Tuesday, June 11, 2013


 Every V4 Saab owner's dream: A hot dog V4 engine with the legendary cross-ram intake manifold and a pair of Weber DCOE carburetors---WOW! This is one of two such engines that I built for a pair of Peking to Paris Saab 96 rally cars some years back. Note the special distributor, necessary to clear the intake runner for the right carburetor. Most, if not all, of these special intake manifolds were made up in England for Saab in enough quantity for Saab to qualify for homologation according to international rally competition rules. The manifold set you see here is the "factory" set-up.
 There were several "wannabe" intake manifold builders so if you run into a cross-ram set-up it may or may not be what you see in the top photo.  Each wannabe also made up some sort of distributor extension. In this photo, the distributor on the left is the Bosch unit made specifically for Saab for the rally cars. The distributor in the middle has an extension that uses a standard distributor. The distributor on the right is a stock unit, though the drive gear at the bottom has not been installed.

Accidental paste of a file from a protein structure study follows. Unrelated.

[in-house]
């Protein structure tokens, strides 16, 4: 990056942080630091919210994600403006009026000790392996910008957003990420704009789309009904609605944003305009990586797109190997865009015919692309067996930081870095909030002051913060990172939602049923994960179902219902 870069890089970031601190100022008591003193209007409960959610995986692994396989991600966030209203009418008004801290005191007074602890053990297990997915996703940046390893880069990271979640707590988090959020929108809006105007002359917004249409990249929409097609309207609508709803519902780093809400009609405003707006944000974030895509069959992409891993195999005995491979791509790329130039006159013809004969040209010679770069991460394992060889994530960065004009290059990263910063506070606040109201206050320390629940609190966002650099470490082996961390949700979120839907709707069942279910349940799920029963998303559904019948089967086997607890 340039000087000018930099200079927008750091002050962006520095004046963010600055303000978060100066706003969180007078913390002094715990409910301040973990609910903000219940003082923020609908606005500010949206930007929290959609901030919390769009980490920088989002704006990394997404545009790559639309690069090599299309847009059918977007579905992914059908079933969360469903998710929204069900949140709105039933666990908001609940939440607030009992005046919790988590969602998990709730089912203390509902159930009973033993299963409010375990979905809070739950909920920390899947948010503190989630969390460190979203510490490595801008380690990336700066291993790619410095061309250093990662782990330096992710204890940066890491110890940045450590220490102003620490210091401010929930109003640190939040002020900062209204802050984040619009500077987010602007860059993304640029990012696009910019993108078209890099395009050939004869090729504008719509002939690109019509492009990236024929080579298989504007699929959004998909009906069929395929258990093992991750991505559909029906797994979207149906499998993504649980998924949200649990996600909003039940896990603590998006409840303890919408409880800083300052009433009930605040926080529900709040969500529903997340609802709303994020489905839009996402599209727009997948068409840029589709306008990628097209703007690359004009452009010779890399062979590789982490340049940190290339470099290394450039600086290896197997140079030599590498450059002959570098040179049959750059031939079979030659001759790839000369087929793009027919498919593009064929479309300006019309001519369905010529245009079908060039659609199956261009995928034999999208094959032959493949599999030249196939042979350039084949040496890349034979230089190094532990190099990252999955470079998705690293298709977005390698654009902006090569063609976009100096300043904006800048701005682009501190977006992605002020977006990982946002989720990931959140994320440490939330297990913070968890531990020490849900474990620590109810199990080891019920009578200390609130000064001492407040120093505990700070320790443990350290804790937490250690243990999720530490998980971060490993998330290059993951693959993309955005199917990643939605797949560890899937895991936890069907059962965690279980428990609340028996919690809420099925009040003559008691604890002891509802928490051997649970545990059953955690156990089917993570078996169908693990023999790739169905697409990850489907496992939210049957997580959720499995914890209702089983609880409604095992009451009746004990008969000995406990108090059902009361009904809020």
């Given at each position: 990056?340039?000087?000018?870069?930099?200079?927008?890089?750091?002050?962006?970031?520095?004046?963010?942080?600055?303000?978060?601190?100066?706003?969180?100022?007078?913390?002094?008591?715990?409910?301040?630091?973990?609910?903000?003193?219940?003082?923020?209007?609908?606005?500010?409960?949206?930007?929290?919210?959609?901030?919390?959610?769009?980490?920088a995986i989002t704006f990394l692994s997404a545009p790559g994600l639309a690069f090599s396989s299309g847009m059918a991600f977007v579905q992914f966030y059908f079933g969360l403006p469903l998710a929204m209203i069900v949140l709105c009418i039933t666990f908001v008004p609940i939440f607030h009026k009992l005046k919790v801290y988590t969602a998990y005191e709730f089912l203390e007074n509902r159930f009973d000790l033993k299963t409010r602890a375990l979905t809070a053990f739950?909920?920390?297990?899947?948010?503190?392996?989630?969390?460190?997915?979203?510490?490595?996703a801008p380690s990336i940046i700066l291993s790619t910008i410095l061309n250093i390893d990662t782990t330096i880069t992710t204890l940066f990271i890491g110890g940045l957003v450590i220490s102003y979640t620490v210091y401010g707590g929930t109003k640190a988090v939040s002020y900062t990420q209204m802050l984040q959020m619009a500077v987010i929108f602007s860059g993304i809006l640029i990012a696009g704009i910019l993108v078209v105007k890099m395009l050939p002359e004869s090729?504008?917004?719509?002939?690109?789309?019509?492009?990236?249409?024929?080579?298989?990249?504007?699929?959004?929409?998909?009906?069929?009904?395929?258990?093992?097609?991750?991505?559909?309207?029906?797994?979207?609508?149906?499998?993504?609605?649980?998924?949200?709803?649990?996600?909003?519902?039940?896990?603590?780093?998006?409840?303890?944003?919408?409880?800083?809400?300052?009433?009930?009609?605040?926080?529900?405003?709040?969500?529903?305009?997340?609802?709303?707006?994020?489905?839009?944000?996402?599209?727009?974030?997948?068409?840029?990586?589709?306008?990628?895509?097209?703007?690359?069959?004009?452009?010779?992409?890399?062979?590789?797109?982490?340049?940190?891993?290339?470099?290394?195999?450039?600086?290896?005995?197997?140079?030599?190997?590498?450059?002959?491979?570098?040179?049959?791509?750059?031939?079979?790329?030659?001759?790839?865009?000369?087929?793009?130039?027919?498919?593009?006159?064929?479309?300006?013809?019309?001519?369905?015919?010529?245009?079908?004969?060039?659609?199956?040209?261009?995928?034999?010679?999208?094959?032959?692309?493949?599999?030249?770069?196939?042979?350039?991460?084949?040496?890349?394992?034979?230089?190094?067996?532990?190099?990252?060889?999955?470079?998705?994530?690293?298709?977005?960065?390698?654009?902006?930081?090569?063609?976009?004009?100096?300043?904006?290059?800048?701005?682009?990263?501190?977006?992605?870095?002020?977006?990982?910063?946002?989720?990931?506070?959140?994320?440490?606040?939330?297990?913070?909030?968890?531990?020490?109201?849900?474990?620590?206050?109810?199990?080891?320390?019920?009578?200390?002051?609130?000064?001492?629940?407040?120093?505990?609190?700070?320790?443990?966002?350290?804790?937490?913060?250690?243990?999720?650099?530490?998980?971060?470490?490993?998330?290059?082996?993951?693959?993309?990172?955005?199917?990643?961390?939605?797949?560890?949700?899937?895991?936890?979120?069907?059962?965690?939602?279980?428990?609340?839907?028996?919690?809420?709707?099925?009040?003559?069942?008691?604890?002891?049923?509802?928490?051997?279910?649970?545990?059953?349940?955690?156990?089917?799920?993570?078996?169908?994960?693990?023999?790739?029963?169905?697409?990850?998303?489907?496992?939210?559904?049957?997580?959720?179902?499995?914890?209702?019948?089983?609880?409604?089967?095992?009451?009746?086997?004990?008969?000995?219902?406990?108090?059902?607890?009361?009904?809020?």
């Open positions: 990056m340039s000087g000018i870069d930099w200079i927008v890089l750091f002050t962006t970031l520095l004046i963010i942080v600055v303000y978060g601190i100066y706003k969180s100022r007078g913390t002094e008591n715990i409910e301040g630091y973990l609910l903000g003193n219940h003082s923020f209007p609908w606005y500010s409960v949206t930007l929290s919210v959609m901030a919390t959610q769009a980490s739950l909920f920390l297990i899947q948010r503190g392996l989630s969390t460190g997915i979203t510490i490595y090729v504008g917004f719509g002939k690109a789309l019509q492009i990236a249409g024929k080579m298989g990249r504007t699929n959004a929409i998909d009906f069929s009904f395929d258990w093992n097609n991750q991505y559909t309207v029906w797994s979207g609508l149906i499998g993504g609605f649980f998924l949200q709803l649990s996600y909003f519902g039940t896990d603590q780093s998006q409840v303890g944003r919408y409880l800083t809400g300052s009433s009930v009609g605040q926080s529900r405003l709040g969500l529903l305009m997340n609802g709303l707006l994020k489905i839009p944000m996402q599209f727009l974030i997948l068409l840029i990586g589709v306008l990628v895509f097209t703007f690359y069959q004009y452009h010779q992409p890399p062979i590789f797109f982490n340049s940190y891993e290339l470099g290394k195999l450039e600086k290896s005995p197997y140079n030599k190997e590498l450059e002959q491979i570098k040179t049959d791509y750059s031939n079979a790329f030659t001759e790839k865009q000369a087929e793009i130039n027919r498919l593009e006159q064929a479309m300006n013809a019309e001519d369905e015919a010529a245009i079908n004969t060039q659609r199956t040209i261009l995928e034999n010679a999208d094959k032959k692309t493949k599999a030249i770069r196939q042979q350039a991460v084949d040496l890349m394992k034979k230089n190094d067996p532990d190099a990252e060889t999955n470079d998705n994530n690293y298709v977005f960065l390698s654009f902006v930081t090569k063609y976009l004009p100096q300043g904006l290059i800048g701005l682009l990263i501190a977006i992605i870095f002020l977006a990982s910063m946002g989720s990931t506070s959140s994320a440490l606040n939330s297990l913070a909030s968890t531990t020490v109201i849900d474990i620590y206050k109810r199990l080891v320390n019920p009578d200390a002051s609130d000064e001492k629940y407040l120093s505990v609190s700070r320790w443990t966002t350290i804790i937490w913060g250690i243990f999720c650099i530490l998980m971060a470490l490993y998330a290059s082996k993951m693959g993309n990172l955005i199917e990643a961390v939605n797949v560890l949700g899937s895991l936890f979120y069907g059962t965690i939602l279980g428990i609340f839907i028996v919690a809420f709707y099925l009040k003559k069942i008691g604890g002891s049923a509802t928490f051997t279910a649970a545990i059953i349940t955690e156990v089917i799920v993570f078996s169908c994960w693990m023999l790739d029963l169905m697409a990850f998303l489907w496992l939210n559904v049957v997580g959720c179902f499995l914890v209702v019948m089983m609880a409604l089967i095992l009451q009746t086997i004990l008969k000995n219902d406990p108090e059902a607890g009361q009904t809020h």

Here is a good look at the Bosch distributor made up for Saab. You can see that the distributor body and the extended shaft housing are all cast in one unit.
 This is a third distributor for a cross-ram manifold set. The housing extension is different [shorter] than the one shown above. I just rebuilt this distributor for a customer. The add-on housing looks OK in the photo but is actually really crude and looks like it was done by two guys under a pepper tree with a hammer, hack saw and bastard file after the second six-pack of Bud....
The reconditioning of the distributor was straightforward, and I made the extension work, but a much better extension should be machined from a bar of good quality aluminum. I have made up machine drawings for just such an extension.

Does the vacuum advance unit look different? It's a much modified Hitachi with a special adaptor mount. I get the exact advance curve I want with this unit, but it is NOT "Plug & Play", with MUCH testing on the SUN distributor machine to be sure I have the correct modifications to get the right advance curve.

It is important to understand that advance curves--both mechanical and vacuum--must be tailored to the way a given engine will be USED; the goal being to promote performance while preventing pre-ignition [detonation] that can destroy an engine. Fun stuff, but as they say in the ads, "Don't try this at home..."